When you decide to become a vegetable farmer, you become part of a long tradition dating back to more than 10,000 years ago, when hunter-gatherers collected vegetables from the wild to cultivate them in some of the world’s earliest human settlements and polities.
Today, vegetable farming is far more efficient and productive, thanks to science and technology, which have since played a huge role in the industrialization of the vegetable cultivation and harvesting processes.
Today, farmers rely on a wide spectrum of tools—from modern machinery, automation technologies, and 4G connectivity to on-site sensors, weather stations, and telematics—to carry out modern farming activities.
Another particularly important technology today is aerial spectral imagery for vegetable production, which involves capturing high-resolution images from an aircraft. Each of the images can be taken at specific wavelengths of light to reveal meaningful and actionable information regarding the health of vegetable crops.
Everything from irrigation issues, water stress, diseases to thermal stress can be identified by the process, which also uses biological and mathematical modeling to correlate data to the physical state of individual plants. The farms’ in-field personnel can then simply print off the imagery or use a mobile device app to easily locate the areas that need their attention.
That said, implementing good farming practices and using technologies also need to be matched with judicious decision-making when it comes to choosing the type of vegetables to plant.
In many cases, you will also need to consider proper crop rotation of these vegetable species to ensure the balance of nutrients in the soil and to better prevent the incidence of pests and diseases. Here are some options that can help you get started.
The celery is one of the more popular vegetable crops to grow, and you can expect it to give you a medium return on investment with every harvest. Nearly every nutritionist and healthy diet fad lists celery as a staple to consume, not only because of its many health benefits but also because it has very few calories.
This makes it the quintessential weight loss food, ensuring that it will always sell no matter the season. For space constraint purposes, a ten-foot row will take up to 20 celery plants to fill up.
Brussels sprouts is another vegetable crop that can give you a high return on investment, as it is a popular vegetarian staple. This is because when combined with a whole grain diet, Brussels sprouts can be a more than adequate replacement for meat when it comes to protein requirements.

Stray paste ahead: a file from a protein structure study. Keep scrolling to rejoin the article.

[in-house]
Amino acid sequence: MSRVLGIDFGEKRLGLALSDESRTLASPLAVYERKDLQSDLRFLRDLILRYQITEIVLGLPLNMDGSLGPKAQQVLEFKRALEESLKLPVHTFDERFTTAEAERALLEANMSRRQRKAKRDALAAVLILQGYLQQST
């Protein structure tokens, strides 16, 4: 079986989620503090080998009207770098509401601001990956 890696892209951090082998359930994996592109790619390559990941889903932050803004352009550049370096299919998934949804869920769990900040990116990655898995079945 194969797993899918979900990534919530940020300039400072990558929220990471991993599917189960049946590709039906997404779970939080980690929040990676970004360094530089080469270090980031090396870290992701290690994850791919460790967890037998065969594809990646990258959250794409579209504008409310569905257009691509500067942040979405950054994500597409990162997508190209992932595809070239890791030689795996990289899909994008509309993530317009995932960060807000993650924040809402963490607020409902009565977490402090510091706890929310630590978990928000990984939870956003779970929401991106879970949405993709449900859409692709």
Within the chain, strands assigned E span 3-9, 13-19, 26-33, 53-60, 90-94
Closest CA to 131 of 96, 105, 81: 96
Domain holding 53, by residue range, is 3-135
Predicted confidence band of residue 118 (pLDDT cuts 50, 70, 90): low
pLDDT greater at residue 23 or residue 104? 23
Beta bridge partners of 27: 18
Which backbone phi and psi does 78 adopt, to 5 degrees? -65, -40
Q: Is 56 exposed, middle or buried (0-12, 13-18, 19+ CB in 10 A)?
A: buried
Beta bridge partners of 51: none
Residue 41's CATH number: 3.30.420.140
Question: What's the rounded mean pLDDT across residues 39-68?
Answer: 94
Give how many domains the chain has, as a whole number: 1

It is also low in fat and sodium while providing many vitamins, such as vitamins A, C, K, and B6, as well as iron, selenium, folate, calcium, and potassium. The only downside to this crop is that it has a relatively small yield for the space it takes up (about 6-8 pounds per square foot).
When it comes to market value and space efficiency, few others come quite close to the humble but prolific green pea. Not only does production per square foot yield 10-12 pounds, but 60-100 pea plants can flourish healthily in a single ten-foot row.
This makes it perfect for farmers who have a limited amount of space, or want to maximize the earning potential of each square foot of their farm. When it comes to nutrition, the green pea is no slouch, coming loaded with vitamins A, B1, B6, K and C. It’s also high in fiber, low in fat, and contain absolutely no cholesterol.
Kale can be considered as the highest-value crop on this list. Not only is it globally recognized as a ’superfood”—i.e. a naturally-occurring food item that is both packed with nutrients and health benefits —it also takes up very little space in order to flourish and grow.
All this makes kale a popular crop all year round for vegetarians and vegetable lovers. If you’re looking for a vegetable crop that is guaranteed to give a high return on investment, kale should definitely be on the top of your list.
Loaded with many vital nutrients, fiber, heart-healthy fatty acids and proteins while having zero cholesterol, Lima beans is another valuable crop that has good space utilization.
Farmers can expect a good yield of 250-300 bushels per acre, sometimes reaching up to 400-450 on exceptionally good harvests.
Another superfood like kale, farmers can expect this healthy and nutritious vegetable to give them a medium to high return on their investment. It is rich in anti-oxidants, and is also valued by consumers for its nutrient content. Just like kale, mustard greens can yield a bountiful harvest even within a small space.
Of course, while the choice of crop is quite important in ensuring your farms’ profitability, it’s only half of the battle as far as having a great harvest is concerned.
All the other elements—good farming practices, a competent staff, properly working equipment, and sensible use of technologies—must come into play once that decision is made. Only then will your farm be able to turn out a tidy profit with its crops.
This is guest post from http://www.ceresimaging.net/